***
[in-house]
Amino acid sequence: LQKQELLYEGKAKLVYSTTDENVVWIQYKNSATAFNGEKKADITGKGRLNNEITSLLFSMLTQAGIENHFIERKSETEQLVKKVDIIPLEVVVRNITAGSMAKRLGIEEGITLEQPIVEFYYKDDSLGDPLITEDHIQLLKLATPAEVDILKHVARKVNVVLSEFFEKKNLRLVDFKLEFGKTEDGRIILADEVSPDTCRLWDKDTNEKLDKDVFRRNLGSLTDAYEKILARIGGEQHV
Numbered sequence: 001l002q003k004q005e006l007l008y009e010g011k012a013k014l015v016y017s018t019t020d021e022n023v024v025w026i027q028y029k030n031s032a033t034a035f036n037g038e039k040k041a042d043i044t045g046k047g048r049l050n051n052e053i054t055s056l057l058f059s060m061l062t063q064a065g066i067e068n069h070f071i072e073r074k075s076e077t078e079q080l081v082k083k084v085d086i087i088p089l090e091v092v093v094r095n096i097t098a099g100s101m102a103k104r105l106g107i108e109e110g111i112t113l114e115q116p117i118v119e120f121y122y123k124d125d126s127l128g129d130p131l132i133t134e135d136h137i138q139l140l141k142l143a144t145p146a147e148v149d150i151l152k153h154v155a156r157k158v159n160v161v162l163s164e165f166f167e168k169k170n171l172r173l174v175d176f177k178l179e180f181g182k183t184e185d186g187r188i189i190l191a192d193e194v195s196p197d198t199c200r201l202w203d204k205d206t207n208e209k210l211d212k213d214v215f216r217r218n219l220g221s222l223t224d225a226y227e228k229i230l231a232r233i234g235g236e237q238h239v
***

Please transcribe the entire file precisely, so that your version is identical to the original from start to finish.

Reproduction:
[in-house]
Amino acid sequence: LQKQELLYEGKAKLVYSTTDENVVWIQYKNSATAFNGEKKADITGKGRLNNEITSLLFSMLTQAGIENHFIERKSETEQLVKKVDIIPLEVVVRNITAGSMAKRLGIEEGITLEQPIVEFYYKDDSLGDPLITEDHIQLLKLATPAEVDILKHVARKVNVVLSEFFEKKNLRLVDFKLEFGKTEDGRIILADEVSPDTCRLWDKDTNEKLDKDVFRRNLGSLTDAYEKILARIGGEQHV
Numbered sequence: 001l002q003k004q005e006l007l008y009e010g011k012a013k014l015v016y017s018t019t020d021e022n023v024v025w026i027q028y029k030n031s032a033t034a035f036n037g038e039k040k041a042d043i044t045g046k047g048r049l050n051n052e053i054t055s056l057l058f059s060m061l062t063q064a065g066i067e068n069h070f071i072e073r074k075s076e077t078e079q080l081v082k083k084v085d086i087i088p089l090e091v092v093v094r095n096i097t098a099g100s101m102a103k104r105l106g107i108e109e110g111i112t113l114e115q116p117i118v119e120f121y122y123k124d125d126s127l128g129d130p131l132i133t134e135d136h137i138q139l140l141k142l143a144t145p146a147e148v149d150i151l152k153h154v155a156r157k158v159n160v161v162l163s164e165f166f167e168k169k170n171l172r173l174v175d176f177k178l179e180f181g182k183t184e185d186g187r188i189i190l191a192d193e194v195s196p197d198t199c200r201l202w203d204k205d206t207n208e209k210l211d212k213d214v215f216r217r218n219l220g221s222l223t224d225a226y227e228k229i230l231a232r233i234g235g236e237q238h239v